Keeping your dioramas dust-free

The vast majority of dioramas consist of a base with no background or enclosure. While this type of diorama is the easiest and quickest to build, it’s also the least practical. With nothing to cover it, that ubiquitous household villain known as dust will make its presence known all too soon. Even if you keep your windows closed, your diorama will soon be covered in dust. 

Now depending on the contents of your diorama, dusting it may be a minor nuisance or a major undertaking. Dusting a 1:12 scale contemporary car will be easier than dusting a 1:72 scale forest scene. 

As you begin the task of dusting, you’ll find yourself bringing home every type of cleaning rag carried by your hardware store or supermarket. Then you’ll start experimenting with various cleaning liquids, from window cleaners to vinegar and dish detergent. At some point you may inadvertantly damage your diorama and be faced with a repair job. 

If you forego frequent dusting, you’ll find that the dust becomes even more difficult to eradicate. It almost seems to turn sticky if you leave it too long. The longer you wait, the thicker it gets, and the harder the job becomes when you finally get around to it. 

There’s a simple solution to this, and it’s called the box diorama (also known as a shadowbox). This is a diorama which adds walls and a ‘roof’ to the base (at least one wall is transparent, for obvious reasons). The walls and roof prevent any dust from getting onto your diorama, guaranteeing that it will continue to look as good as the day you finished it. Any dust that accumulates on the outside of the diorama can be cleaned off in seconds, the same as windows or a countertop.  

To be completely dust free, the box diorama should be completely sealed. Any open spaces will allow dust to get in. It doesn’t have to be airtight, but it should be covered on each side and devoid of gaps. 

The simplest way to start is with a commercially available display case. This type of case consists of a clear acrylic cover which attaches to an opaque base. While a box diorama usually has a background photo or painting on the rear wall, this isn’t absolutely necessary, and you can always add it later. If you can’t find a commercially available display case that you like, you can make your own. Whether you opt for a pre-made display case or a custom version, your diorama will be beautifully dust free.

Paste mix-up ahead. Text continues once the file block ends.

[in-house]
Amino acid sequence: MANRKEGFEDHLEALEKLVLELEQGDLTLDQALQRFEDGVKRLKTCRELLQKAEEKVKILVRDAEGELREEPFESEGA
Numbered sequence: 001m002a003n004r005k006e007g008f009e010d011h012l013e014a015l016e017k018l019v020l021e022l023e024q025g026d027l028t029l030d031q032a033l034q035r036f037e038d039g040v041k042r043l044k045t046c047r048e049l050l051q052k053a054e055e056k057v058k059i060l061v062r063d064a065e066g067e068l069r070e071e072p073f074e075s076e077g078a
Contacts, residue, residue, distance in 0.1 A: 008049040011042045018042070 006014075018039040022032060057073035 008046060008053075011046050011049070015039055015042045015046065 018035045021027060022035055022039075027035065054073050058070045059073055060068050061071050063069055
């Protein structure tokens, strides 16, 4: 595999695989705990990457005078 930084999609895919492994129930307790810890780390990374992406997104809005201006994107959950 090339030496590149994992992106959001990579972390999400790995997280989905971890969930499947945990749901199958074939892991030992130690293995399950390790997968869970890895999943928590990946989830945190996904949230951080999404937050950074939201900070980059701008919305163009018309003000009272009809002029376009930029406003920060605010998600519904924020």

If you like to build dioramas and want to learn more about how to optimize the visual impact of your work, you might like my book, Diorama Design. It’s available in both ebook and print formats at Amazon.

-Ivar

There’s no rush

As a modeller, there will be times when you get stuck at a certain stage in your project because you’re not quite happy with something. You’re faced with a choice of either proceeding and hoping it will turn out okay, or waiting. I favour waiting, for the simple reason that letting something marinate in your head for a while can often yield a better solution. 

Here’s an example. I’m currently adding propellers to a 1:600 scale B-29 bomber. The props in this scale need to be 8mm in diameter. I’ll be showing the bomber in flight, so I need transparent or translucent disks to mimic the look of spinning props. The material also has to be very thin. 

After looking at various options, I finally came across some clear rubber bumper pads at the hardware store. The pads are the right diameter, but are too thick and have a convex surface. I tried sanding them down by hand, but the rubber didn’t sand well and left tiny strands protruding from the surface. 

At this point, I could have used the bumper pads ‘as is’ and lived with the fact that they’re too thick and have a convex surface. But I decided to wait instead. This isn’t to say I put everything away. I left the B-29 on the work table so I wouldn’t forget about it. 

Every time I walked by and looked at the B-29, I’d mull over the problem. After a few days, I came up with the idea of using my drill. I already had a fine grit sanding bit so I gave it a shot. Voilà! No more rubber strands. The high speed of the drill bit made all the difference, producing a smooth, flat surface and reducing the overall thickness of the parts. 

The B-29 project can now move forward, complete with realistic looking props. Moral of the story: don’t rush, because in a few days you may come up with a better idea. 

If you like to build dioramas and want to learn more about how to optimize the visual impact of your work, you might like my book, Diorama Design. It’s available in both ebook and print formats at Amazon.

-Ivar